Dr. Niyati Dhokai
Niyati Dhokai I think that the importance of arts in community for veterans and their families is just so profound. It provides opportunities to come together as a community, to engage, to strengthen social relationships that one already has and to form new ones. To learn new skills and consider new hobbies, new ideas for creative expression, and to do all of that in a community space… and then to share that artwork or that music with others. I mean there’s just so many components to this that come together.
Jo Reed: That is Dr. Niyati Dhokai, she is Research Associate Professor in the College of Visual and Performing Arts and the Program Director for Veterans and the Arts Initiative at George Mason University. And this is Art Works the weekly podcast from the National Endowment for the Arts. I’m Josephine Reed.
I think it’s fair to say that while the Arts Endowment is proud of all its programs--Creative Forces: NEA Military Healing Arts Network has a special place for all of us. Creative Forces is an initiative of the Arts Endowment in partnership with the U.S. Departments of Defense and Veterans Affairs. It seeks to improve the health, well-being, and quality of life for military and veteran populations exposed to trauma, as well as their families and caregivers. Creative Forces places the creative arts therapies at the core of patient-centered care at military medical centers and at veterans’ health administration facilities. But what Creative Forces has also done is support research and resources like the development of training materials and toolkits and it’s invested in community arts engagement activities in order to understand the benefits of nonclinical arts engagement and the impact of community arts engagement for military and veteran populations. One of the programs supported by Creative Forces is Veterans and the Arts Initiative at George Mason University’s Hylton Performing Arts Center. Veterans and the Arts Initiative is a robust, impressive program—reaching some 2,000 veterans, service members, their families and caregivers each year with a variety of workshops and programming. The program director of the initiative Dr Nyoti Dhokai believes the program’s success has its roots in its origins.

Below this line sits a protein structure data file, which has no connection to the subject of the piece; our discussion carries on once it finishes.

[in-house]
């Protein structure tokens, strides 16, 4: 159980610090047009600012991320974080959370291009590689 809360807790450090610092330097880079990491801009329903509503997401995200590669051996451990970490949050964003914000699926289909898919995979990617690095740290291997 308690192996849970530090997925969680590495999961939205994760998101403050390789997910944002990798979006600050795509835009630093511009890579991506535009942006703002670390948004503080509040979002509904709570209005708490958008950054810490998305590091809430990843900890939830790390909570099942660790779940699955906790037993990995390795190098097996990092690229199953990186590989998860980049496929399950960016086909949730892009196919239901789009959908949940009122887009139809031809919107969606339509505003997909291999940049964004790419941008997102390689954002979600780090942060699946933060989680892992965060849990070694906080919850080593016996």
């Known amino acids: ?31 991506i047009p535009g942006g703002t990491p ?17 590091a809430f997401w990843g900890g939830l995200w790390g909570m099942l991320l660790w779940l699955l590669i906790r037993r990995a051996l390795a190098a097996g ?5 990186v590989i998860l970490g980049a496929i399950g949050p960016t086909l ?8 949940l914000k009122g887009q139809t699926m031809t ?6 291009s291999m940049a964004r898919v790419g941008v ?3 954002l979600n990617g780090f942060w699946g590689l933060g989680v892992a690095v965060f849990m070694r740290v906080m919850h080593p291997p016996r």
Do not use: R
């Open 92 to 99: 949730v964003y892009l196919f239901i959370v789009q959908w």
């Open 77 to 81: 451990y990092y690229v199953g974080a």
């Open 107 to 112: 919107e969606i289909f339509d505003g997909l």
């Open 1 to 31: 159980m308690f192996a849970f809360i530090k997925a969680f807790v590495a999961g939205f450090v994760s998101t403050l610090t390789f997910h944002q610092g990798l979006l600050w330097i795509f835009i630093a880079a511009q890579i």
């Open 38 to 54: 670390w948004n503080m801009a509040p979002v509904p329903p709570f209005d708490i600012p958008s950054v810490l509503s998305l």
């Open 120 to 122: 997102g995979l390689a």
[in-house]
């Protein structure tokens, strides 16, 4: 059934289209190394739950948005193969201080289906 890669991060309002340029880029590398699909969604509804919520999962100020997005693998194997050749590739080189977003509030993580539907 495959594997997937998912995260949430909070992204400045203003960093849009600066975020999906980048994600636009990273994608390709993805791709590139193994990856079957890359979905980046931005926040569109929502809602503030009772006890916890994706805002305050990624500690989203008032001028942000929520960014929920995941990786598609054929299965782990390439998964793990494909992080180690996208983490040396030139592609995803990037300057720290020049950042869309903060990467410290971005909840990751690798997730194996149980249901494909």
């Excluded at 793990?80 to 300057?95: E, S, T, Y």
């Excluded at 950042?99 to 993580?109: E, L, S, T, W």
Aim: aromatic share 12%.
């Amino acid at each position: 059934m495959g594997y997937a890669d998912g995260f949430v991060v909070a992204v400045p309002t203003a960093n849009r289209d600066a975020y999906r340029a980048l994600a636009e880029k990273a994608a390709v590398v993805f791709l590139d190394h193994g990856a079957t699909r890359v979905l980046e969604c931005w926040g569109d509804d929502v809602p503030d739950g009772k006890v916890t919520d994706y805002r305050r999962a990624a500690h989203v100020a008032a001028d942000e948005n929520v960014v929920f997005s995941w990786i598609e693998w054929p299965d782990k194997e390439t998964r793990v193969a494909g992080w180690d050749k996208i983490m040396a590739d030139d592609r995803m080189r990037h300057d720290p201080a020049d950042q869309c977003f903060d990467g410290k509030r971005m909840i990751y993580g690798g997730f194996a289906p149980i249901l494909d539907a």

Niyati Dhokai: The Veterans and the Arts Initiative began so organically out of a series of community conversations. In around 2014, the staff at the Hylton Performing Arts Center noticed that there were many veterans getting involved with a lot of the aspects of the Hylton Center, whether it was some of our committees volunteering their time or just attending performances, and they started to have conversations with the staff on ways they could get more involved, and the staff listened to their needs and began considering how a program could be built. Around that time, I circled back to George Mason University, which is actually my alma mater, and I had been working with veterans and service members recovering from traumatic brain injury and post-traumatic stress at the time, and I had been working with them on community integration through the arts, and so when I heard about this opportunity to help support the building of a new program at George Mason University, it was like a dream come true.